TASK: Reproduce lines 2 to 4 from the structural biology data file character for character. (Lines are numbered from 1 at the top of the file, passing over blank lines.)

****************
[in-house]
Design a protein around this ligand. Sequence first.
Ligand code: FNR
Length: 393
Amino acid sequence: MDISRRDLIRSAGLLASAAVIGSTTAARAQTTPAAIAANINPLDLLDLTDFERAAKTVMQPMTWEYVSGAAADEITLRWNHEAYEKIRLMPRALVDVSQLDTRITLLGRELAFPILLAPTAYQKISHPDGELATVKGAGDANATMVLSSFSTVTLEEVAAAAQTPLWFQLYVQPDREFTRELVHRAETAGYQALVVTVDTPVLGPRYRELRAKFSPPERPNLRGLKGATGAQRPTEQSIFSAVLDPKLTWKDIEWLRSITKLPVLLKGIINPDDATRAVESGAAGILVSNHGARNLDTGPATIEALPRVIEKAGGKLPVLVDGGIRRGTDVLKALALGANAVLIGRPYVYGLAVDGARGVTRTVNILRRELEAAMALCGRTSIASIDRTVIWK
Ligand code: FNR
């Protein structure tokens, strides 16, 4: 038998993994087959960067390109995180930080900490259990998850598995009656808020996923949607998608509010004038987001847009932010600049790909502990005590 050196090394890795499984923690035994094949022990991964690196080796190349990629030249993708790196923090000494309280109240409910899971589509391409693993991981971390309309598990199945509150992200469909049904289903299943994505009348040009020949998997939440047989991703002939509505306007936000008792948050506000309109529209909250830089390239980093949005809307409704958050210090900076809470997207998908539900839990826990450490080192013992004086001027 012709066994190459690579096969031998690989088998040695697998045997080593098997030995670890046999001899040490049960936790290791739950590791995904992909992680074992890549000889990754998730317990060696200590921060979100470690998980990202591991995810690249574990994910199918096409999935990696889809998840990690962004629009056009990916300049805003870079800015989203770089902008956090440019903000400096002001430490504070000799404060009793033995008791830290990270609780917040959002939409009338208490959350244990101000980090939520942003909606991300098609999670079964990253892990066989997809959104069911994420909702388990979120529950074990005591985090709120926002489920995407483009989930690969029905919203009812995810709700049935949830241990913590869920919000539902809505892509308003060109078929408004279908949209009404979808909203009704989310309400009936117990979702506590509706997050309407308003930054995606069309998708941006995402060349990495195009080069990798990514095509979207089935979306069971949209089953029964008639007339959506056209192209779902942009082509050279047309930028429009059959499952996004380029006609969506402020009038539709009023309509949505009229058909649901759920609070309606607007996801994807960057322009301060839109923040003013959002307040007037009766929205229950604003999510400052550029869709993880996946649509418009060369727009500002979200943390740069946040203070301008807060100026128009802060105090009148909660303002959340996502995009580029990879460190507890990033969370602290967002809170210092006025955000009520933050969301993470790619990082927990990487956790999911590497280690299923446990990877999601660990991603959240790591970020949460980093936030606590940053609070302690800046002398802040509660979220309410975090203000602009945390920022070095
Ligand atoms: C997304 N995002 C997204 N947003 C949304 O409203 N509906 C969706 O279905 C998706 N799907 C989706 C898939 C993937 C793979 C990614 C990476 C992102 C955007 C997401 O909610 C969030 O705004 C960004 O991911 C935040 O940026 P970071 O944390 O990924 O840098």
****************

Design a protein around this ligand. Sequence first.
Ligand code: FNR
Length: 393